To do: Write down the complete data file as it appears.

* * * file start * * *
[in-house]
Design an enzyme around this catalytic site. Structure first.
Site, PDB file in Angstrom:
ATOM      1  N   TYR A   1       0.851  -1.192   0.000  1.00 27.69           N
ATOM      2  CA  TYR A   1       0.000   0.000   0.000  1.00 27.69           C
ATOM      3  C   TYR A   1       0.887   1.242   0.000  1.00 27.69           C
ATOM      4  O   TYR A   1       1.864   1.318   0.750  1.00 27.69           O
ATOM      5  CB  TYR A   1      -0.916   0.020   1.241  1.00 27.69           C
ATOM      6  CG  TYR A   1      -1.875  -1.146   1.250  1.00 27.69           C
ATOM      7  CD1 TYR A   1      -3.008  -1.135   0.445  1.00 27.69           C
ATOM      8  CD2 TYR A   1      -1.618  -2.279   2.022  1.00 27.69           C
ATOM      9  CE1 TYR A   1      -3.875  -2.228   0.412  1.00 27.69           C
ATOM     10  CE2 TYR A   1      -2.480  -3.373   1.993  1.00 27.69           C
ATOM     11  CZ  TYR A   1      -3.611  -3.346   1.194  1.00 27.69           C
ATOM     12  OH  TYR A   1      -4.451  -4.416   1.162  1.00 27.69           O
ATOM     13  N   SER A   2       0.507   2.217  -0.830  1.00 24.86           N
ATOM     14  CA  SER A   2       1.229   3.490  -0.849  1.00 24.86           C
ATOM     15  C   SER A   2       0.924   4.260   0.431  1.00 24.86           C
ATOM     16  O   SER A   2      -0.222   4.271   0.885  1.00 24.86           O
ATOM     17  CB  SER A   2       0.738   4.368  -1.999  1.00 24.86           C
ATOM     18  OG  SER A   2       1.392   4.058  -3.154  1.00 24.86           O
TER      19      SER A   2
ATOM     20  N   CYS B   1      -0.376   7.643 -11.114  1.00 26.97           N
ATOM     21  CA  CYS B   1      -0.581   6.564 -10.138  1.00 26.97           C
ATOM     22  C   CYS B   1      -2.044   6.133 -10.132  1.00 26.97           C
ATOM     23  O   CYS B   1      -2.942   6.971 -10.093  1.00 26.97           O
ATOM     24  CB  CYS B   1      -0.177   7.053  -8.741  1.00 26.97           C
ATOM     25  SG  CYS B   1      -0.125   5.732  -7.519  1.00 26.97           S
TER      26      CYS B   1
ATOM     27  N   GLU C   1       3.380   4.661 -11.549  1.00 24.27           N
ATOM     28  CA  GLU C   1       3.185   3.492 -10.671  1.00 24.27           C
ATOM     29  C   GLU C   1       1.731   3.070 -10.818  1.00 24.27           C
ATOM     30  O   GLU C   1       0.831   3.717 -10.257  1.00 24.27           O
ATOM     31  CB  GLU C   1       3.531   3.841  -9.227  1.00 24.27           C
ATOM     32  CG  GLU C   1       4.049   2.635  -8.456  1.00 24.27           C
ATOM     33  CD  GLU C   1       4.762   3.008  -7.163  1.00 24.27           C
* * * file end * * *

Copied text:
[in-house]
Design an enzyme around this catalytic site. Structure first.
Site, PDB file in Angstrom:
ATOM      1  N   TYR A   1       0.851  -1.192   0.000  1.00 27.69           N
ATOM      2  CA  TYR A   1       0.000   0.000   0.000  1.00 27.69           C
ATOM      3  C   TYR A   1       0.887   1.242   0.000  1.00 27.69           C
ATOM      4  O   TYR A   1       1.864   1.318   0.750  1.00 27.69           O
ATOM      5  CB  TYR A   1      -0.916   0.020   1.241  1.00 27.69           C
ATOM      6  CG  TYR A   1      -1.875  -1.146   1.250  1.00 27.69           C
ATOM      7  CD1 TYR A   1      -3.008  -1.135   0.445  1.00 27.69           C
ATOM      8  CD2 TYR A   1      -1.618  -2.279   2.022  1.00 27.69           C
ATOM      9  CE1 TYR A   1      -3.875  -2.228   0.412  1.00 27.69           C
ATOM     10  CE2 TYR A   1      -2.480  -3.373   1.993  1.00 27.69           C
ATOM     11  CZ  TYR A   1      -3.611  -3.346   1.194  1.00 27.69           C
ATOM     12  OH  TYR A   1      -4.451  -4.416   1.162  1.00 27.69           O
ATOM     13  N   SER A   2       0.507   2.217  -0.830  1.00 24.86           N
ATOM     14  CA  SER A   2       1.229   3.490  -0.849  1.00 24.86           C
ATOM     15  C   SER A   2       0.924   4.260   0.431  1.00 24.86           C
ATOM     16  O   SER A   2      -0.222   4.271   0.885  1.00 24.86           O
ATOM     17  CB  SER A   2       0.738   4.368  -1.999  1.00 24.86           C
ATOM     18  OG  SER A   2       1.392   4.058  -3.154  1.00 24.86           O
TER      19      SER A   2
ATOM     20  N   CYS B   1      -0.376   7.643 -11.114  1.00 26.97           N
ATOM     21  CA  CYS B   1      -0.581   6.564 -10.138  1.00 26.97           C
ATOM     22  C   CYS B   1      -2.044   6.133 -10.132  1.00 26.97           C
ATOM     23  O   CYS B   1      -2.942   6.971 -10.093  1.00 26.97           O
ATOM     24  CB  CYS B   1      -0.177   7.053  -8.741  1.00 26.97           C
ATOM     25  SG  CYS B   1      -0.125   5.732  -7.519  1.00 26.97           S
TER      26      CYS B   1
ATOM     27  N   GLU C   1       3.380   4.661 -11.549  1.00 24.27           N
ATOM     28  CA  GLU C   1       3.185   3.492 -10.671  1.00 24.27           C
ATOM     29  C   GLU C   1       1.731   3.070 -10.818  1.00 24.27           C
ATOM     30  O   GLU C   1       0.831   3.717 -10.257  1.00 24.27           O
ATOM     31  CB  GLU C   1       3.531   3.841  -9.227  1.00 24.27           C
ATOM     32  CG  GLU C   1       4.049   2.635  -8.456  1.00 24.27           C
ATOM     33  CD  GLU C   1       4.762   3.008  -7.163  1.00 24.27           C